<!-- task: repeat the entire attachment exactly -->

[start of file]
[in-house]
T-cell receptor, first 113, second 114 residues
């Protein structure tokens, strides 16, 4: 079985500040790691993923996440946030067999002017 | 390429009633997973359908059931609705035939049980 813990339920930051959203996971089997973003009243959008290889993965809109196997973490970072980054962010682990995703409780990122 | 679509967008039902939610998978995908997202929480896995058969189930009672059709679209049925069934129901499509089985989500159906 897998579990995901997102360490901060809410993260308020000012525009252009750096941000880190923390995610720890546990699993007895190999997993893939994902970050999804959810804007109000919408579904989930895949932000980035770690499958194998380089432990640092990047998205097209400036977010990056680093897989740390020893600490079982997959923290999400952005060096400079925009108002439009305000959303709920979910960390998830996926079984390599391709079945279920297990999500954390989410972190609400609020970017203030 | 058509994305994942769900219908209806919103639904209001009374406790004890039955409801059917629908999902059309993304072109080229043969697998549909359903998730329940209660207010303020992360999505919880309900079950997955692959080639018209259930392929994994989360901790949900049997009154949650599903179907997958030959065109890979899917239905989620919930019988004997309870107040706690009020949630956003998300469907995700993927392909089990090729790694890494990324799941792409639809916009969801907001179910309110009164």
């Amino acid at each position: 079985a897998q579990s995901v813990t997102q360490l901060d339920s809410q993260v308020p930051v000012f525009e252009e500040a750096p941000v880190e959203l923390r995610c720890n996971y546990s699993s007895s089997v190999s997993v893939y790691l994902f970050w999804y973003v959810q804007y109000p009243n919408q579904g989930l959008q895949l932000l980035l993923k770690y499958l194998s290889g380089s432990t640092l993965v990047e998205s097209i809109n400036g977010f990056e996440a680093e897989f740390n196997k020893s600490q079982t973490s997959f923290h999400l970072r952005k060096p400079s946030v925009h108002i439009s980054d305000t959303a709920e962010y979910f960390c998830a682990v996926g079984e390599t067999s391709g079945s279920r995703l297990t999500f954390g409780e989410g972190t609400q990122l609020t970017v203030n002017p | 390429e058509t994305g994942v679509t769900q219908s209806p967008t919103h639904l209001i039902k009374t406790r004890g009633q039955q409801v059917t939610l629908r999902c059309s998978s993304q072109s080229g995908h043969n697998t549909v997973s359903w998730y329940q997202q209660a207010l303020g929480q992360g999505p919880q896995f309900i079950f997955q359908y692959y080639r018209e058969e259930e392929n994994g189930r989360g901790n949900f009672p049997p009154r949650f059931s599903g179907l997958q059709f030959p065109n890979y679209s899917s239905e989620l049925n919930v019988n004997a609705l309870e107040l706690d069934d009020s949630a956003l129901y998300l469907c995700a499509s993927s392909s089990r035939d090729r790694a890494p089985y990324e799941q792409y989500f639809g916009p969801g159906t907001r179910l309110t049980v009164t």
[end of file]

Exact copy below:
[in-house]
T-cell receptor, first 113, second 114 residues
């Protein structure tokens, strides 16, 4: 079985500040790691993923996440946030067999002017 | 390429009633997973359908059931609705035939049980 813990339920930051959203996971089997973003009243959008290889993965809109196997973490970072980054962010682990995703409780990122 | 679509967008039902939610998978995908997202929480896995058969189930009672059709679209049925069934129901499509089985989500159906 897998579990995901997102360490901060809410993260308020000012525009252009750096941000880190923390995610720890546990699993007895190999997993893939994902970050999804959810804007109000919408579904989930895949932000980035770690499958194998380089432990640092990047998205097209400036977010990056680093897989740390020893600490079982997959923290999400952005060096400079925009108002439009305000959303709920979910960390998830996926079984390599391709079945279920297990999500954390989410972190609400609020970017203030 | 058509994305994942769900219908209806919103639904209001009374406790004890039955409801059917629908999902059309993304072109080229043969697998549909359903998730329940209660207010303020992360999505919880309900079950997955692959080639018209259930392929994994989360901790949900049997009154949650599903179907997958030959065109890979899917239905989620919930019988004997309870107040706690009020949630956003998300469907995700993927392909089990090729790694890494990324799941792409639809916009969801907001179910309110009164």
């Amino acid at each position: 079985a897998q579990s995901v813990t997102q360490l901060d339920s809410q993260v308020p930051v000012f525009e252009e500040a750096p941000v880190e959203l923390r995610c720890n996971y546990s699993s007895s089997v190999s997993v893939y790691l994902f970050w999804y973003v959810q804007y109000p009243n919408q579904g989930l959008q895949l932000l980035l993923k770690y499958l194998s290889g380089s432990t640092l993965v990047e998205s097209i809109n400036g977010f990056e996440a680093e897989f740390n196997k020893s600490q079982t973490s997959f923290h999400l970072r952005k060096p400079s946030v925009h108002i439009s980054d305000t959303a709920e962010y979910f960390c998830a682990v996926g079984e390599t067999s391709g079945s279920r995703l297990t999500f954390g409780e989410g972190t609400q990122l609020t970017v203030n002017p | 390429e058509t994305g994942v679509t769900q219908s209806p967008t919103h639904l209001i039902k009374t406790r004890g009633q039955q409801v059917t939610l629908r999902c059309s998978s993304q072109s080229g995908h043969n697998t549909v997973s359903w998730y329940q997202q209660a207010l303020g929480q992360g999505p919880q896995f309900i079950f997955q359908y692959y080639r018209e058969e259930e392929n994994g189930r989360g901790n949900f009672p049997p009154r949650f059931s599903g179907l997958q059709f030959p065109n890979y679209s899917s239905e989620l049925n919930v019988n004997a609705l309870e107040l706690d069934d009020s949630a956003l129901y998300l469907c995700a499509s993927s392909s089990r035939d090729r790694a890494p089985y990324e799941q792409y989500f639809g916009p969801g159906t907001r179910l309110t049980v009164t």